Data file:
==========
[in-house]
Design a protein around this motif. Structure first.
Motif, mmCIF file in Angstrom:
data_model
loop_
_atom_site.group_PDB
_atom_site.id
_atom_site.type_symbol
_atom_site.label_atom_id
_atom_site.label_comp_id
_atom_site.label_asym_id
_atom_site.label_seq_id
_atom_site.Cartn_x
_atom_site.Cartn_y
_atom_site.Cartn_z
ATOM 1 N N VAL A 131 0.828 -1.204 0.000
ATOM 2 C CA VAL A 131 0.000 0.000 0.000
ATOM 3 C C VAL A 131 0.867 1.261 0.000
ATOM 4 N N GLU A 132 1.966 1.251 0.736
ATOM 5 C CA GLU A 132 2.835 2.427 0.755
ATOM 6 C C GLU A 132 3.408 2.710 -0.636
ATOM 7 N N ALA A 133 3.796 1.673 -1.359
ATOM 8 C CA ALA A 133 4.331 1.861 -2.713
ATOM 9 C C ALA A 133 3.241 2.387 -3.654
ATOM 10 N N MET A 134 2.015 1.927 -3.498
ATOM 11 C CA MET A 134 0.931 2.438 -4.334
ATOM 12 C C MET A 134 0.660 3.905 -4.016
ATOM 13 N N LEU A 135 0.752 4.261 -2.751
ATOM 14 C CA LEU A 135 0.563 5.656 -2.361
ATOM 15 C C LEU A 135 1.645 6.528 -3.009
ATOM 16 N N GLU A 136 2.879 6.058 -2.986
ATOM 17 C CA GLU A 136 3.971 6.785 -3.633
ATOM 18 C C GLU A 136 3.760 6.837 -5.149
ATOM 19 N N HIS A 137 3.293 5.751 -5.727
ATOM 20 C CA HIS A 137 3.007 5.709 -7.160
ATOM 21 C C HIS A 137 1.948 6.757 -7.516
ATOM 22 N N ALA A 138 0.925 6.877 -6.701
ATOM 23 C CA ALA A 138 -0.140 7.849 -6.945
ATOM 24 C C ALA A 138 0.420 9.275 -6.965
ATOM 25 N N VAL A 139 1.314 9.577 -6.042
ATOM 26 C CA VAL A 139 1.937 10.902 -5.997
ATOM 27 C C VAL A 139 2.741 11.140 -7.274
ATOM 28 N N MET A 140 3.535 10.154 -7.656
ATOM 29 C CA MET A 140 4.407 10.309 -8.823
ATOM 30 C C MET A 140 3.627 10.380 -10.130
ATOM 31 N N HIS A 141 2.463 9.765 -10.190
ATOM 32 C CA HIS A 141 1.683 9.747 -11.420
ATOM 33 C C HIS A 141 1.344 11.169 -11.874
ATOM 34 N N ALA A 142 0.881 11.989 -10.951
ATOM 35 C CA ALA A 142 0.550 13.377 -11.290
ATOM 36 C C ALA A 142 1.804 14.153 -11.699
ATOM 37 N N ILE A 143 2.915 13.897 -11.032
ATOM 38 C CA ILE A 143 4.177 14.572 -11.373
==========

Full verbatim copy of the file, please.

[in-house]
Design a protein around this motif. Structure first.
Motif, mmCIF file in Angstrom:
data_model
loop_
_atom_site.group_PDB
_atom_site.id
_atom_site.type_symbol
_atom_site.label_atom_id
_atom_site.label_comp_id
_atom_site.label_asym_id
_atom_site.label_seq_id
_atom_site.Cartn_x
_atom_site.Cartn_y
_atom_site.Cartn_z
ATOM 1 N N VAL A 131 0.828 -1.204 0.000
ATOM 2 C CA VAL A 131 0.000 0.000 0.000
ATOM 3 C C VAL A 131 0.867 1.261 0.000
ATOM 4 N N GLU A 132 1.966 1.251 0.736
ATOM 5 C CA GLU A 132 2.835 2.427 0.755
ATOM 6 C C GLU A 132 3.408 2.710 -0.636
ATOM 7 N N ALA A 133 3.796 1.673 -1.359
ATOM 8 C CA ALA A 133 4.331 1.861 -2.713
ATOM 9 C C ALA A 133 3.241 2.387 -3.654
ATOM 10 N N MET A 134 2.015 1.927 -3.498
ATOM 11 C CA MET A 134 0.931 2.438 -4.334
ATOM 12 C C MET A 134 0.660 3.905 -4.016
ATOM 13 N N LEU A 135 0.752 4.261 -2.751
ATOM 14 C CA LEU A 135 0.563 5.656 -2.361
ATOM 15 C C LEU A 135 1.645 6.528 -3.009
ATOM 16 N N GLU A 136 2.879 6.058 -2.986
ATOM 17 C CA GLU A 136 3.971 6.785 -3.633
ATOM 18 C C GLU A 136 3.760 6.837 -5.149
ATOM 19 N N HIS A 137 3.293 5.751 -5.727
ATOM 20 C CA HIS A 137 3.007 5.709 -7.160
ATOM 21 C C HIS A 137 1.948 6.757 -7.516
ATOM 22 N N ALA A 138 0.925 6.877 -6.701
ATOM 23 C CA ALA A 138 -0.140 7.849 -6.945
ATOM 24 C C ALA A 138 0.420 9.275 -6.965
ATOM 25 N N VAL A 139 1.314 9.577 -6.042
ATOM 26 C CA VAL A 139 1.937 10.902 -5.997
ATOM 27 C C VAL A 139 2.741 11.140 -7.274
ATOM 28 N N MET A 140 3.535 10.154 -7.656
ATOM 29 C CA MET A 140 4.407 10.309 -8.823
ATOM 30 C C MET A 140 3.627 10.380 -10.130
ATOM 31 N N HIS A 141 2.463 9.765 -10.190
ATOM 32 C CA HIS A 141 1.683 9.747 -11.420
ATOM 33 C C HIS A 141 1.344 11.169 -11.874
ATOM 34 N N ALA A 142 0.881 11.989 -10.951
ATOM 35 C CA ALA A 142 0.550 13.377 -11.290
ATOM 36 C C ALA A 142 1.804 14.153 -11.699
ATOM 37 N N ILE A 143 2.915 13.897 -11.032
ATOM 38 C CA ILE A 143 4.177 14.572 -11.373